Judah was inconsolable and repeatedly screamed “No, no, no.” He pushed Nady and even attempted to choke him. Judah was restrained by security and his father Yoel but was still enraged several minutes later and threw his stool in Nady’s direction. His actions led to him being fined $75,000 and he was suspended for six months.
4. Richard Grant vs. James Butler
Boxers are some of the toughest athletes on the planet. They have to be. They also have to be a little nuts. How else could you explain the desire to get into a ring and allow another man to beat on you?
Unfortunately, some fighters do not know when to turn the switch off. James Butler is a former Super Middleweight contender who never reached the elite level that so few boxers enjoy.
On the night of Nov. 23, 2001 he threw the first blow that would derail both his boxing career and his life.
Butler faced off with fellow contender Richard Grant in New York in a charity fight for the police and firemen affected by the Sept. 11th tragedies. Butler was a heavy favorite, but lost an upset decision to Grant.
After the fight, Butler and Grant shared hugs and congratulated each other for a good fight.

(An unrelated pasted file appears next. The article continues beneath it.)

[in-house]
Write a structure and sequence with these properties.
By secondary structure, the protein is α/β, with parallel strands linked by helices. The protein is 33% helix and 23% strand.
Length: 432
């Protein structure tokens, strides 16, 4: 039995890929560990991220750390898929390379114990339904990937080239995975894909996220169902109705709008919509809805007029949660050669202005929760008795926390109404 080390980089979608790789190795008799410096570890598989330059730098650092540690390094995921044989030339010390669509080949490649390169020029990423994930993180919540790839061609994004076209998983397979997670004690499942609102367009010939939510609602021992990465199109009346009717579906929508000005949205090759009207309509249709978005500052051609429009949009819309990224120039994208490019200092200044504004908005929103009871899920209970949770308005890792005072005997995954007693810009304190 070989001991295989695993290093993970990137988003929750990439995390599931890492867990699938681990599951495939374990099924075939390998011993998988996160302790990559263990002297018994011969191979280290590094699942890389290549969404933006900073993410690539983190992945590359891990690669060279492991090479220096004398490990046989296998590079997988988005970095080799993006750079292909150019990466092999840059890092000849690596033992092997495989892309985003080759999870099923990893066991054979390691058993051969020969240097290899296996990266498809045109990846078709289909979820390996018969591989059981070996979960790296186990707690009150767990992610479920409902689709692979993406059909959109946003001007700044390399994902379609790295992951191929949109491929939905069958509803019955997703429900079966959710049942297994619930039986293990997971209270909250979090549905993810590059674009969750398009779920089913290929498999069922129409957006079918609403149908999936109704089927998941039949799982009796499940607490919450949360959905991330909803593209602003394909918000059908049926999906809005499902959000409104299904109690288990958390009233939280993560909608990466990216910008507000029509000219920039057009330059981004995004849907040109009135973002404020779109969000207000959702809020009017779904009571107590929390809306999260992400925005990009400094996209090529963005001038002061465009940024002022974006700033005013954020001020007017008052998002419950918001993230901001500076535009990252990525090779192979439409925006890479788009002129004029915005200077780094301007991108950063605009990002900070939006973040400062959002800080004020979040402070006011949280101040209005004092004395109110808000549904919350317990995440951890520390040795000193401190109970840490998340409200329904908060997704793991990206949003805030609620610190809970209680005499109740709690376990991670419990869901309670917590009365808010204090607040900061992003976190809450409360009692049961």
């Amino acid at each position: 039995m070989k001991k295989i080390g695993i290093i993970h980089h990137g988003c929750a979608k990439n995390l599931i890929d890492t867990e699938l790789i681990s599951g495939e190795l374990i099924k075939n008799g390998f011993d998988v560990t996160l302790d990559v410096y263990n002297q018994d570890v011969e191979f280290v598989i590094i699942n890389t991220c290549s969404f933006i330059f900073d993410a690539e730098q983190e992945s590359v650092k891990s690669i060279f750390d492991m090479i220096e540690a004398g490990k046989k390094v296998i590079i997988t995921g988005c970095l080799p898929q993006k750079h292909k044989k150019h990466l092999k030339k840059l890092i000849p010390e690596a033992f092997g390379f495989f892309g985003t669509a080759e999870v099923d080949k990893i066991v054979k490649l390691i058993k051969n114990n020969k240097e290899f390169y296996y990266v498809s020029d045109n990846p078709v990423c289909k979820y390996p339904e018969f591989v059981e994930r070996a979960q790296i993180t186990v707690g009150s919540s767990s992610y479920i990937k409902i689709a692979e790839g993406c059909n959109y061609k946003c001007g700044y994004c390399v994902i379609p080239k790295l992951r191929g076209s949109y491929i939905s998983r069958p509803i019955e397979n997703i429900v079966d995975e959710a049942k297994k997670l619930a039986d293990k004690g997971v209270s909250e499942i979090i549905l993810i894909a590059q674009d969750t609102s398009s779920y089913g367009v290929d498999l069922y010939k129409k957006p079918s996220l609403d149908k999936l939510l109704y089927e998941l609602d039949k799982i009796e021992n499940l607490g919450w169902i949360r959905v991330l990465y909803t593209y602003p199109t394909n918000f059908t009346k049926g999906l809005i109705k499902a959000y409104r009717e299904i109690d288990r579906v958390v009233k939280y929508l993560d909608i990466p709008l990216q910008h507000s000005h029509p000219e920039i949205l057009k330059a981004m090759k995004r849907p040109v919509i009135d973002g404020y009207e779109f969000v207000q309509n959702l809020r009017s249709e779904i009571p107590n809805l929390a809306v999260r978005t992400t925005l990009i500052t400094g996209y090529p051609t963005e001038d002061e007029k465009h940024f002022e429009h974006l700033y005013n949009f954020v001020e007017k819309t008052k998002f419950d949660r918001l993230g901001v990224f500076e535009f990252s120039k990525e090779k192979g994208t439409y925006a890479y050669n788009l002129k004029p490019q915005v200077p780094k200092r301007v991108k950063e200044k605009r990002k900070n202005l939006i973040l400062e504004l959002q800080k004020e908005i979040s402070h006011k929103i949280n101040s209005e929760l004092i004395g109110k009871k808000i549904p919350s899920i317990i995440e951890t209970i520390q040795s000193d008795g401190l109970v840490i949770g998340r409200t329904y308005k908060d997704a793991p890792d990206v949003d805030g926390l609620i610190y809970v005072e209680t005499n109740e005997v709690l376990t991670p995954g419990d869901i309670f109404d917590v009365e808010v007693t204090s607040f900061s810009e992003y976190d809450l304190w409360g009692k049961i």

Without provocation, Butler nailed the defenseless Grant with a right hand and broke Grant's jaw. The injury required 26 stitches and Grant was out of action for nearly a year.
Butler would serve time in prison for the assault. He would fight again but was unable to revive his career.
In 2006, Butler pled guilty to voluntary manslaughter and arson and is currently serving a 29 year jail sentence.
3. Oliver McCall vs. Lennox Lewis II
Oliver McCall shook up the Heavyweight ranks when he knocked out Lennox Lewis and took his title in 1994.
Lewis and McCall would fight a rematch some three years later on Feb. 7, 1997, in what would become one of the most peculiar fights in boxing history.
Lewis won the early rounds without much trouble. McCall seemed to lose his mind and began crying in the middle of the fight. Referee Mills Lane had no choice but to stop the fight when McCall refused to fight back or protect himself.
"In the third round, he got in close, and then seemed frustrated, and then he just backed off and put his arms down, but then I saw his lips started to quiver and I thought, my God, is he crying?” Lewis said after the fight.
McCall’s eccentric behavior is one of the oddest moments in boxing history.
2. Riddick Bowe vs. Andre Golota I
Riddick Bowe squared off with undefeated heavyweight contender Andrew Golota. Bowe was the heavy favorite entering the fight and he was definitely heavy. He entered the ring weighing over 250 lbs., the heaviest weight of his career.